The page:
Above left: The crew of an RAF Wellington bomber discuss Operation Match-Point, the raid on the Luftwaffe fighter bases of the Pas de Calais, before take off on the evening of 14th September. Above right: Royal Navy Swordfish aircraft provided target marking for the RAF's bombers. The RN's navigators were highly proficient, while the full moon and the open cockpits of the aircraft made their work easier than it might have been. Left: The aftermath of Match-Point; Audambert airfield iwith a destroyed German Messerschmit Bf 109 fighter. The German fighter force was severely degraded by the operation and thus significantly less effective on 15th September, the critical day of the Battle of Britain.

Above: Fairey Battle light bombers in Nationalist Chinese markings. British aircraft were supplied to Nationalist Chinese forces from 1941 onwards. These were often obsolescent; but robust, simple to operate types such as the Battle, Hurricane and Wellington were ideal for the Nationalists in their ongoing struggle against the Japanese invasion. Right: Archibald Sinclair became the Prime Minister of Britain in the 1941 election. His decade long stand against both Fascism and the policy of 'Accommodation' that encouraged it, gained him the trust and respect of the British people at a critical juncture in the country's history. His rise to power, immediately signalled a sea-change in the outlook and attitudes of a country exhausted and demoralised by it's defeats. Lower left and bottom: The success of German arms in Operation Barbarossa astonished the world, underlining the fact of the Nazi menace.

Above left: German Alpenkorps troops in Switzerland, 1943, during Operation Tannenbaum. Above: The last photograph taken of the Soviet battle cruiser Frunze. Lost to a German air attack in August 1942, her appearance after her re-construction in 1934 had caused a stir in naval circles and had a significant influence on warship design in several navies. It was not realised that she was a failure and although constant modification over the next eight years did much to ameliorate her problems, she could never be truly considered a success. Left: Martin Bormann, the main winner of the political infighting in Nazi Germany in 1943. Below, left to right: Joseph Goebbels, Heinrich Himmler and Reinhard Heydrich. Three of the losers.

Above left: A Kriegsmarine amphibious landing exercise, 1940. Once the Germans began comprehensive study of the art of amphibious warfare they quickly mastered it. Above right: Oswald Mosley, answering questions in the committee phase of the Mosley Report. This document charted the future direction of British policy concerning the Empire.

Left: J. Edgar Hoover, the director of the FBI. His  work in identifying Soviet Agents within American government was ignored until the Roosevelt administration gave way to that of Wendell Willkie. Above and Right: Whittaker Chambers and Elizabeth Bentley testifying, 1943. Below, left to Right: Laughlin Curry,  economics advisor to the Roosevelt White House; Alger Hiss, Assistant Secretary of State in the Roosevelt White House; Harry Hopkins, Secretary of Commerce; Harry Dexter White, US Treasury adviser. All were spies for the Soviet Union and were convicted of treason and executed in 1944.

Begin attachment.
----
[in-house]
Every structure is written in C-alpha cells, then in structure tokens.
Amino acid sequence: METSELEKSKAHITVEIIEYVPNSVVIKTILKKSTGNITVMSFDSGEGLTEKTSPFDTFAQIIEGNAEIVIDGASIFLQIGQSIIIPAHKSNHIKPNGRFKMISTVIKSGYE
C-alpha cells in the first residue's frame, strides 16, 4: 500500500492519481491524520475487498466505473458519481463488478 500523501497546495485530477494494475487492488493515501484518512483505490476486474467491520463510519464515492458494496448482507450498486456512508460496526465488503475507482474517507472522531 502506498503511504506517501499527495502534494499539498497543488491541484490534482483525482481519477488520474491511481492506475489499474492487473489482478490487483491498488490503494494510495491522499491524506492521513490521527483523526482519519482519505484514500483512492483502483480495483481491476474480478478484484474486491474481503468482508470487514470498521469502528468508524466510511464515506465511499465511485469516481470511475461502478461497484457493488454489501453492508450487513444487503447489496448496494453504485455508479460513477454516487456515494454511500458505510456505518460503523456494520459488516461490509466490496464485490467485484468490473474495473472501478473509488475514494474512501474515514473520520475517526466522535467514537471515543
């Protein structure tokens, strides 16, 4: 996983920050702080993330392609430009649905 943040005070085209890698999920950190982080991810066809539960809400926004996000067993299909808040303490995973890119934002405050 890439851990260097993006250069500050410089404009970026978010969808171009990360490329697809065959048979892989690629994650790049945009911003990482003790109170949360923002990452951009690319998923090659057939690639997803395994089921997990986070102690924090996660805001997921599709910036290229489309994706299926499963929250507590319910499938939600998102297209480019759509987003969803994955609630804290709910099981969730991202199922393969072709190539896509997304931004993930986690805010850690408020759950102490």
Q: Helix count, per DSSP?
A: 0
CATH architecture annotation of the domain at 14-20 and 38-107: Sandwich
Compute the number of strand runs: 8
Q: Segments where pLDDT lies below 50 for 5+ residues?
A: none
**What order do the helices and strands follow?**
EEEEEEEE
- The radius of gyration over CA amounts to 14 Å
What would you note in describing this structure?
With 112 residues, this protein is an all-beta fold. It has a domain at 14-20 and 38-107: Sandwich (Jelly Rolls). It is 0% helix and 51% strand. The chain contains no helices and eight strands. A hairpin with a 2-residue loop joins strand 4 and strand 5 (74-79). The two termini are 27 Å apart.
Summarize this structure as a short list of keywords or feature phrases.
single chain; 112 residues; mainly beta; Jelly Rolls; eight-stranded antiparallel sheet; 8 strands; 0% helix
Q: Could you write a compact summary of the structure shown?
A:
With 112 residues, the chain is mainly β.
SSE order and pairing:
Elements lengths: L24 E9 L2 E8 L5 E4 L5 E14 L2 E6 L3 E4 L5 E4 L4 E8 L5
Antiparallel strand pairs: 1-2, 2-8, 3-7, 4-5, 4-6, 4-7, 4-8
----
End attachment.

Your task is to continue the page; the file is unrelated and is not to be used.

Right: Thomas Dewey, President of the United States from 8th October 1944 to 4th March 1945. Dewey took over the office upon the death of Wendell Willkie but could not convince the American people to give him a second term. Far Right: Harry S. Truman, President of the United States from 4th March 1945 to 4th March 1953. Below Left: Chinese troops in Battle with the Japanese, Kwangxi (Guangxi), early 1945. Below Right: Russian partisans engaging German troops in the Crimea, mid 1944. From late 1942 until mid 1945 the only forces opposing the might of the Axis war machine were badly fed, poorly organised, under equipped soldiers; many of whom belonged to bandit groups, improvised formations and militias.

Above left: The launch of the American battleship Illinois. Above right: The launch of the German battleship Berlichengen. The naval race continued at a frantic pace during the interbellum. The world's shipbuilding industries all produced large numbers of new warships. Left: Francisco Franco, the dictator of Spain and Benito Mussolini, the dictator of Italy. Much to their dismay, both men found their countries drawn inexorable into Germany's confrontation with the United States. Neither man wanted war, but neither could find a way out of their obligations to the Axis Alliance. Below right. The Riechstag 7th May 1945. Adolf Hitler declares war on the United States. Few among the Nazi hierachy greeted the announcement with anything other than confidence. Below. The Empire State building was hit by incendiary bombs during the German air raid of 12th July 1945. Damage to the building was light but the propaganda value of the raid was immense.

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Although Drake’s Drum is based on historical events it is a work of fiction. Any perceived similarity to any of the people portrayed in this book, be they living or dead, including their actions and the events that occor are entirely coincidental. Although the names of historical persons are used in Drake’s Drum, they are not necessarily the same people that inhabit our reality.